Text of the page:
The bathroom was suddenly in ruins again, the cracks and dust appearing in the amount of time it took to wipe a tear from her eye. She was still squatting on the floor with an outstretched hand, but the bloated corpse that had reached back was now a withered husk, looking more like a mummified pod that anything even remotely human. As she watched, a draft blew in from the darkened doorway and the remains dissolved into a cloud of charcoal-gray powder that scattered on the currents.
“Manifested Negative Thought-Form.” The man said the words as if they explained everything. “Nasty little buggers. They’re born of pain, see, but they also require it to survive. End up attaching themselves to a host and making that host relive the worst possible moments of his or her mortal life. That’s how they feed. But you beat it. You should be proud of yourself. It’s really not as easy as you made it look.”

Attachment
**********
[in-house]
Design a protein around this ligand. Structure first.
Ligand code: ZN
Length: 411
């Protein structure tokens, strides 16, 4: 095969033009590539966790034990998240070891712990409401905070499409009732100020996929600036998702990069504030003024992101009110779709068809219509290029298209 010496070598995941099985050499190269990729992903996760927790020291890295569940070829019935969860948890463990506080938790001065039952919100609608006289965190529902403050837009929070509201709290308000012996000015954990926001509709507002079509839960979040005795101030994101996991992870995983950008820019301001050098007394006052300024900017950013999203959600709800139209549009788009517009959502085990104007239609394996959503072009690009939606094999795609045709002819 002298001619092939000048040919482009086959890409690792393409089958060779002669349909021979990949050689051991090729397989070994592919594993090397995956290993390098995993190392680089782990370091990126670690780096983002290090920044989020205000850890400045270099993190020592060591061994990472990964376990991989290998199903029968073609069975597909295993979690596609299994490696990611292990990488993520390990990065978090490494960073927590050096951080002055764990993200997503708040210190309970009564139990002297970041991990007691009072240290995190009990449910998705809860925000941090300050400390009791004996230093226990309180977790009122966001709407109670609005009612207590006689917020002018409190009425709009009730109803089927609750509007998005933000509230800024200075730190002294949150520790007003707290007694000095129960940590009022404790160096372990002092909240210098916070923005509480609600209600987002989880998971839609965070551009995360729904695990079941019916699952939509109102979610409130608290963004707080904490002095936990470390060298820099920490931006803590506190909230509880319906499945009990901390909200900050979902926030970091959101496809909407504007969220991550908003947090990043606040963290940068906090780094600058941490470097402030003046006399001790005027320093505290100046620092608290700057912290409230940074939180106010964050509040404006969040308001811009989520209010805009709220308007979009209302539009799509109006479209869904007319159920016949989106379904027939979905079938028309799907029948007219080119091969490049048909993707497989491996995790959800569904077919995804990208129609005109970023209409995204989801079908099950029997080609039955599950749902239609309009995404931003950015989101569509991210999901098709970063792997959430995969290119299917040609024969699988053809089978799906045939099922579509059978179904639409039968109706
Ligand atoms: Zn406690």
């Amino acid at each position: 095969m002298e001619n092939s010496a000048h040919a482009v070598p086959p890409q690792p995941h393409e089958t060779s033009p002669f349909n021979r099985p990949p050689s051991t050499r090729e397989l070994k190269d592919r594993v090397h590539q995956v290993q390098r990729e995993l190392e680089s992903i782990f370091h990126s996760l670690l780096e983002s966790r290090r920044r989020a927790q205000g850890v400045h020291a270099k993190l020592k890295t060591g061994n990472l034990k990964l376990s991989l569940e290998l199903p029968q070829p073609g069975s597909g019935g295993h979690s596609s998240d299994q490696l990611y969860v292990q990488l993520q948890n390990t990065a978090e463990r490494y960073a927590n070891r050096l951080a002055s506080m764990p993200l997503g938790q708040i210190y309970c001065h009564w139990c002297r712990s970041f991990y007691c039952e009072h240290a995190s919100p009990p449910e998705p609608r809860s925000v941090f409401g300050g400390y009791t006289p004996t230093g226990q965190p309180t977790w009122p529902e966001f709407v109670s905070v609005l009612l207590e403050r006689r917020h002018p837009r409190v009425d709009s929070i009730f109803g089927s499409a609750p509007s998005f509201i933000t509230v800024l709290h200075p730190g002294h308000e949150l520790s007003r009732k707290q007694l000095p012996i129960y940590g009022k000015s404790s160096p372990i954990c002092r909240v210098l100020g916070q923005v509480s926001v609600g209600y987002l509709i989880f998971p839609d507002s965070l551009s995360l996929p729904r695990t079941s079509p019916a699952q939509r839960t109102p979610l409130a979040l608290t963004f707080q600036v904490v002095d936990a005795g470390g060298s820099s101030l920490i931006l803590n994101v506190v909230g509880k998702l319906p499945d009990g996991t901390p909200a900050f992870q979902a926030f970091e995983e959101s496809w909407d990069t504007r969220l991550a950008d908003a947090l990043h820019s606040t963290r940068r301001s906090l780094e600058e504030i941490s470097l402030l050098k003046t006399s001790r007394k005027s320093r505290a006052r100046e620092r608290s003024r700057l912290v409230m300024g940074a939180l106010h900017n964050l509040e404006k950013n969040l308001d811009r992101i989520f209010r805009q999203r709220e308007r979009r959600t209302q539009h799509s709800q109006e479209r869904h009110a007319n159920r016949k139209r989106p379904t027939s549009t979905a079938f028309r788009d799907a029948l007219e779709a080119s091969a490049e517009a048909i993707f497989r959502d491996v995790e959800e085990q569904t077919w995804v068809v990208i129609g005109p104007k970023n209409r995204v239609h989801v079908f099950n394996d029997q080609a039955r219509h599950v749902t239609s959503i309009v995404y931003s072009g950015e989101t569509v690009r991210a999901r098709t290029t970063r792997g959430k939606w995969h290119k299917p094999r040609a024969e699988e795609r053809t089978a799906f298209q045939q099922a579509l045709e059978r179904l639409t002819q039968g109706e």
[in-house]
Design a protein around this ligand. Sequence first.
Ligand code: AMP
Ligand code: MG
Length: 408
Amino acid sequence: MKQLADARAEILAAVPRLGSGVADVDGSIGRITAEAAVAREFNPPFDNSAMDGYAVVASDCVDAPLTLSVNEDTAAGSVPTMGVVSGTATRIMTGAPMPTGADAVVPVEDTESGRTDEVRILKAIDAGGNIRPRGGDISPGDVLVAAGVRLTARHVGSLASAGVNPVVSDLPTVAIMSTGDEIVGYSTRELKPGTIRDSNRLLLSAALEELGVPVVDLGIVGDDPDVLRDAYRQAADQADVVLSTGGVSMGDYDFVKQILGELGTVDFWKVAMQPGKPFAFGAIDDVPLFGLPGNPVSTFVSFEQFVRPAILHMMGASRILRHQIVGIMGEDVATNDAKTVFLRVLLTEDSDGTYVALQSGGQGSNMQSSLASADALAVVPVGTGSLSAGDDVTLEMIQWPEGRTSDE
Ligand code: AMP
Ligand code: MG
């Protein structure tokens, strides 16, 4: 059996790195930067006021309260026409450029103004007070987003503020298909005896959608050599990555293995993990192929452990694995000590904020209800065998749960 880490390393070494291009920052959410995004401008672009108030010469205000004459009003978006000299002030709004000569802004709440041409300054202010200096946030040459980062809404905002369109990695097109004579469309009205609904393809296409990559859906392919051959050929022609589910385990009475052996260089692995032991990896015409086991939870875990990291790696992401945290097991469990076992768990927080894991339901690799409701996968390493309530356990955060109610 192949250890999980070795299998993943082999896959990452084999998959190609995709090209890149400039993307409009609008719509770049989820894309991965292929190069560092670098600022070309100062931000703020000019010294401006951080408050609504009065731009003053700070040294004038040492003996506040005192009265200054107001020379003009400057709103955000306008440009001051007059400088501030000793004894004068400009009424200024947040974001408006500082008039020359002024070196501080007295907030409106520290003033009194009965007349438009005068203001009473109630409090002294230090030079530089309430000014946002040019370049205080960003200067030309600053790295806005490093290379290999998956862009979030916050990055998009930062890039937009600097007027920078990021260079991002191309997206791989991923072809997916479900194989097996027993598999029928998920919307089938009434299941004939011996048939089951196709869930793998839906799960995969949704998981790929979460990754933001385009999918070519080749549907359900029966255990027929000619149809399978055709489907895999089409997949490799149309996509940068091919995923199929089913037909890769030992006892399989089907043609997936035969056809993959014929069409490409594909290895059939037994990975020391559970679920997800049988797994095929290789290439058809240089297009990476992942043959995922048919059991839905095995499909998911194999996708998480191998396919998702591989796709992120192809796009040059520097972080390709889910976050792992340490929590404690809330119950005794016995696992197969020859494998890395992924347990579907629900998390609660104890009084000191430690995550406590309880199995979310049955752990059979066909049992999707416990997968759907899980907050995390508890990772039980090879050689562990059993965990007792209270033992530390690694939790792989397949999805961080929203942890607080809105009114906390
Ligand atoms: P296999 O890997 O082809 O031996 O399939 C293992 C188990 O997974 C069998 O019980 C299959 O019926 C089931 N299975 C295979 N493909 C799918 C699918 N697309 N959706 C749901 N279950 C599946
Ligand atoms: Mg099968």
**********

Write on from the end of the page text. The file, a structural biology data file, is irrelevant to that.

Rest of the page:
He extended his hand and helped Lydia to her feet with a smile. It occurred to her that at some point during their conversation, he’d become entirely solid. If she glanced at him peripherally, she could almost see the ribbon, but it disappeared no matter how quickly she tried to snare it in her gaze.
“You never answered my question. Who are you?”
“No time for that now.” The man trotted over to the doorway and peered into the darkness without actually crossing the threshold. “To make myself known to you, I had to tap in to my emotions. Problem is, you’re not the only one who can see me now. I’ve created quite an uproar, I’m afraid.”